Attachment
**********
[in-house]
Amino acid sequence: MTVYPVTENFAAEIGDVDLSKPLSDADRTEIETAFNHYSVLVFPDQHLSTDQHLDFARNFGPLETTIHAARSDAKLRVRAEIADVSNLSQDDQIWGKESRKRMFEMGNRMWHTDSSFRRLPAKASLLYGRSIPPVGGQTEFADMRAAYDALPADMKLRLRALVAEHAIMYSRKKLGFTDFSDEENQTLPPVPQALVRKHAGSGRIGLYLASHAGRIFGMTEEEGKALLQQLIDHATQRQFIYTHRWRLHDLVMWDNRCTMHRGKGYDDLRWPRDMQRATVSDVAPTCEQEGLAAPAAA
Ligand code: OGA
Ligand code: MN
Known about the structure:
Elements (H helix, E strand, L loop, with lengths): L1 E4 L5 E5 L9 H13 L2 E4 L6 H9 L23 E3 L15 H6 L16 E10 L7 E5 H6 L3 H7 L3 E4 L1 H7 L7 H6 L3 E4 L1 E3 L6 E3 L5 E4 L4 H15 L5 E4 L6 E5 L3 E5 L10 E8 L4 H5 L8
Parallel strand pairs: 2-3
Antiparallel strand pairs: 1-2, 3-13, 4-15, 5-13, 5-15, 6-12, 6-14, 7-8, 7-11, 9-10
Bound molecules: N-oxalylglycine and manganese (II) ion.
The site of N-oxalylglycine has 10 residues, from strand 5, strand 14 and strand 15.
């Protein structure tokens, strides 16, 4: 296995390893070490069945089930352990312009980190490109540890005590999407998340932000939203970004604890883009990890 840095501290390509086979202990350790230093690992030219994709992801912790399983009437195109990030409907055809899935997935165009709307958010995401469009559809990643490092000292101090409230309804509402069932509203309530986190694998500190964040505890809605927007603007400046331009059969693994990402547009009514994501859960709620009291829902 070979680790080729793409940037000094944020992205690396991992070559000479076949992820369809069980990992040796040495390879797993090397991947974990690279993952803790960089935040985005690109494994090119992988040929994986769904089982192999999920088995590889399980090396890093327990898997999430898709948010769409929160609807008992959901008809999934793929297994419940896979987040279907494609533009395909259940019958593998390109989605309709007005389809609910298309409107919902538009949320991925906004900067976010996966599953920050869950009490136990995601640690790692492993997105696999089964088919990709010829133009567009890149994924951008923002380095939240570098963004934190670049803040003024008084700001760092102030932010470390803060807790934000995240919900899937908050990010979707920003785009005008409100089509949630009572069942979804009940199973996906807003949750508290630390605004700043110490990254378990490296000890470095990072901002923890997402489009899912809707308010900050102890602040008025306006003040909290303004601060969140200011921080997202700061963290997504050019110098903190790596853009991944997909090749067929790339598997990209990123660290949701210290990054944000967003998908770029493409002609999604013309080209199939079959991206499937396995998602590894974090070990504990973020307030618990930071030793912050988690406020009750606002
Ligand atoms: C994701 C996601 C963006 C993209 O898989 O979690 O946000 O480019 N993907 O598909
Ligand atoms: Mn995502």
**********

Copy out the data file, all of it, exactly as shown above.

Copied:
[in-house]
Amino acid sequence: MTVYPVTENFAAEIGDVDLSKPLSDADRTEIETAFNHYSVLVFPDQHLSTDQHLDFARNFGPLETTIHAARSDAKLRVRAEIADVSNLSQDDQIWGKESRKRMFEMGNRMWHTDSSFRRLPAKASLLYGRSIPPVGGQTEFADMRAAYDALPADMKLRLRALVAEHAIMYSRKKLGFTDFSDEENQTLPPVPQALVRKHAGSGRIGLYLASHAGRIFGMTEEEGKALLQQLIDHATQRQFIYTHRWRLHDLVMWDNRCTMHRGKGYDDLRWPRDMQRATVSDVAPTCEQEGLAAPAAA
Ligand code: OGA
Ligand code: MN
Known about the structure:
Elements (H helix, E strand, L loop, with lengths): L1 E4 L5 E5 L9 H13 L2 E4 L6 H9 L23 E3 L15 H6 L16 E10 L7 E5 H6 L3 H7 L3 E4 L1 H7 L7 H6 L3 E4 L1 E3 L6 E3 L5 E4 L4 H15 L5 E4 L6 E5 L3 E5 L10 E8 L4 H5 L8
Parallel strand pairs: 2-3
Antiparallel strand pairs: 1-2, 3-13, 4-15, 5-13, 5-15, 6-12, 6-14, 7-8, 7-11, 9-10
Bound molecules: N-oxalylglycine and manganese (II) ion.
The site of N-oxalylglycine has 10 residues, from strand 5, strand 14 and strand 15.
């Protein structure tokens, strides 16, 4: 296995390893070490069945089930352990312009980190490109540890005590999407998340932000939203970004604890883009990890 840095501290390509086979202990350790230093690992030219994709992801912790399983009437195109990030409907055809899935997935165009709307958010995401469009559809990643490092000292101090409230309804509402069932509203309530986190694998500190964040505890809605927007603007400046331009059969693994990402547009009514994501859960709620009291829902 070979680790080729793409940037000094944020992205690396991992070559000479076949992820369809069980990992040796040495390879797993090397991947974990690279993952803790960089935040985005690109494994090119992988040929994986769904089982192999999920088995590889399980090396890093327990898997999430898709948010769409929160609807008992959901008809999934793929297994419940896979987040279907494609533009395909259940019958593998390109989605309709007005389809609910298309409107919902538009949320991925906004900067976010996966599953920050869950009490136990995601640690790692492993997105696999089964088919990709010829133009567009890149994924951008923002380095939240570098963004934190670049803040003024008084700001760092102030932010470390803060807790934000995240919900899937908050990010979707920003785009005008409100089509949630009572069942979804009940199973996906807003949750508290630390605004700043110490990254378990490296000890470095990072901002923890997402489009899912809707308010900050102890602040008025306006003040909290303004601060969140200011921080997202700061963290997504050019110098903190790596853009991944997909090749067929790339598997990209990123660290949701210290990054944000967003998908770029493409002609999604013309080209199939079959991206499937396995998602590894974090070990504990973020307030618990930071030793912050988690406020009750606002
Ligand atoms: C994701 C996601 C963006 C993209 O898989 O979690 O946000 O480019 N993907 O598909
Ligand atoms: Mn995502």